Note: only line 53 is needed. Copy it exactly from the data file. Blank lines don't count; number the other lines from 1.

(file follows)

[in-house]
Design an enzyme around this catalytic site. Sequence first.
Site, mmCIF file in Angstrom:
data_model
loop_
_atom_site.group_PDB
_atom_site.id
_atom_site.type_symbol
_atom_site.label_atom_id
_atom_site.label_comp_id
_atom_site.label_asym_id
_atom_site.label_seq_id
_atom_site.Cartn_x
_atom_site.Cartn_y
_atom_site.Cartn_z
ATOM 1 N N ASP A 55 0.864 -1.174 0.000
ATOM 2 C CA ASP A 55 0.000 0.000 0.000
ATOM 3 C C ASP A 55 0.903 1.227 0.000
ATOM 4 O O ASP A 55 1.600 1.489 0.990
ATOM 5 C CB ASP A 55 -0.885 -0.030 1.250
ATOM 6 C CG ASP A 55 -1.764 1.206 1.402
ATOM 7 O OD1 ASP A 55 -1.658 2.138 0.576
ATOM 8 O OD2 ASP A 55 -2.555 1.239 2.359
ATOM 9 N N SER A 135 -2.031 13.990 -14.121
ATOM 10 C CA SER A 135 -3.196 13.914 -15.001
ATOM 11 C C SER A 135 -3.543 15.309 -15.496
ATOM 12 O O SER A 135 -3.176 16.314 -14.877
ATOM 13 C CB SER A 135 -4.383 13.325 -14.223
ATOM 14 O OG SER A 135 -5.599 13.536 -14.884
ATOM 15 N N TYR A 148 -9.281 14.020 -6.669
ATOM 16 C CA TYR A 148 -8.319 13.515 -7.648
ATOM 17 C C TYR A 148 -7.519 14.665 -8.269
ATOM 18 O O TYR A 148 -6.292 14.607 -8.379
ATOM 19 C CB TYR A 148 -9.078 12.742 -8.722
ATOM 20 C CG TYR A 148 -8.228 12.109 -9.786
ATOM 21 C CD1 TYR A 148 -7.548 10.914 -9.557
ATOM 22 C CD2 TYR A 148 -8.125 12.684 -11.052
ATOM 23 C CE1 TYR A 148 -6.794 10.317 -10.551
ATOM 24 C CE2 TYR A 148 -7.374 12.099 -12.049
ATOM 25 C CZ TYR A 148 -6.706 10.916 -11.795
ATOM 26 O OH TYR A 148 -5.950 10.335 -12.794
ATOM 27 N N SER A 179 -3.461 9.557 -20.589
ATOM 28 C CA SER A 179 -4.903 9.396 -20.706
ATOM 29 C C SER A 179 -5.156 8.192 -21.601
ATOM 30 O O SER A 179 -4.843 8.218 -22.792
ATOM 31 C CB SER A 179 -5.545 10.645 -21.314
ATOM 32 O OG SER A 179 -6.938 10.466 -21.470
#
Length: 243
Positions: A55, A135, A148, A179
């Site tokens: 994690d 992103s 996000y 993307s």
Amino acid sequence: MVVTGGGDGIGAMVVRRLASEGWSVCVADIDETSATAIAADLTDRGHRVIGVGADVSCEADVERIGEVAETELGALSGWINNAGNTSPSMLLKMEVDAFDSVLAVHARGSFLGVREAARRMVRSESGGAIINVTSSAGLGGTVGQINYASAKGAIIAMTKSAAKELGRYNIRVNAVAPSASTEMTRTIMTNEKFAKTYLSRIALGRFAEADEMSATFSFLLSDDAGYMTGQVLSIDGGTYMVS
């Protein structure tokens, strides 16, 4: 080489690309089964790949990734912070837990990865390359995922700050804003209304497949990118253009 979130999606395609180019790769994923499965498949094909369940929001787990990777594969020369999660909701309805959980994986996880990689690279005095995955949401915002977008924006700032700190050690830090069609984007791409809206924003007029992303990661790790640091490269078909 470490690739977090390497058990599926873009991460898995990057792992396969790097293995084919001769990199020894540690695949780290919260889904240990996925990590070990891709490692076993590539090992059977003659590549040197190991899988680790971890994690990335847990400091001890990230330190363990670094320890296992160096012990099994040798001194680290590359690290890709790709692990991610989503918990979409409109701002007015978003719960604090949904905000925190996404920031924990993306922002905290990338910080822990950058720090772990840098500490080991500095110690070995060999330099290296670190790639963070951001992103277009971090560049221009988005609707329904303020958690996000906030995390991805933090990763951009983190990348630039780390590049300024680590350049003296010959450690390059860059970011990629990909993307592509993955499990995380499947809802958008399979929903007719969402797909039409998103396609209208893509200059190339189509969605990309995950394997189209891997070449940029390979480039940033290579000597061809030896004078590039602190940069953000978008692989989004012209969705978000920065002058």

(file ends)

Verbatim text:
């Protein structure tokens, strides 16, 4: 080489690309089964790949990734912070837990990865390359995922700050804003209304497949990118253009 979130999606395609180019790769994923499965498949094909369940929001787990990777594969020369999660909701309805959980994986996880990689690279005095995955949401915002977008924006700032700190050690830090069609984007791409809206924003007029992303990661790790640091490269078909 470490690739977090390497058990599926873009991460898995990057792992396969790097293995084919001769990199020894540690695949780290919260889904240990996925990590070990891709490692076993590539090992059977003659590549040197190991899988680790971890994690990335847990400091001890990230330190363990670094320890296992160096012990099994040798001194680290590359690290890709790709692990991610989503918990979409409109701002007015978003719960604090949904905000925190996404920031924990993306922002905290990338910080822990950058720090772990840098500490080991500095110690070995060999330099290296670190790639963070951001992103277009971090560049221009988005609707329904303020958690996000906030995390991805933090990763951009983190990348630039780390590049300024680590350049003296010959450690390059860059970011990629990909993307592509993955499990995380499947809802958008399979929903007719969402797909039409998103396609209208893509200059190339189509969605990309995950394997189209891997070449940029390979480039940033290579000597061809030896004078590039602190940069953000978008692989989004012209969705978000920065002058």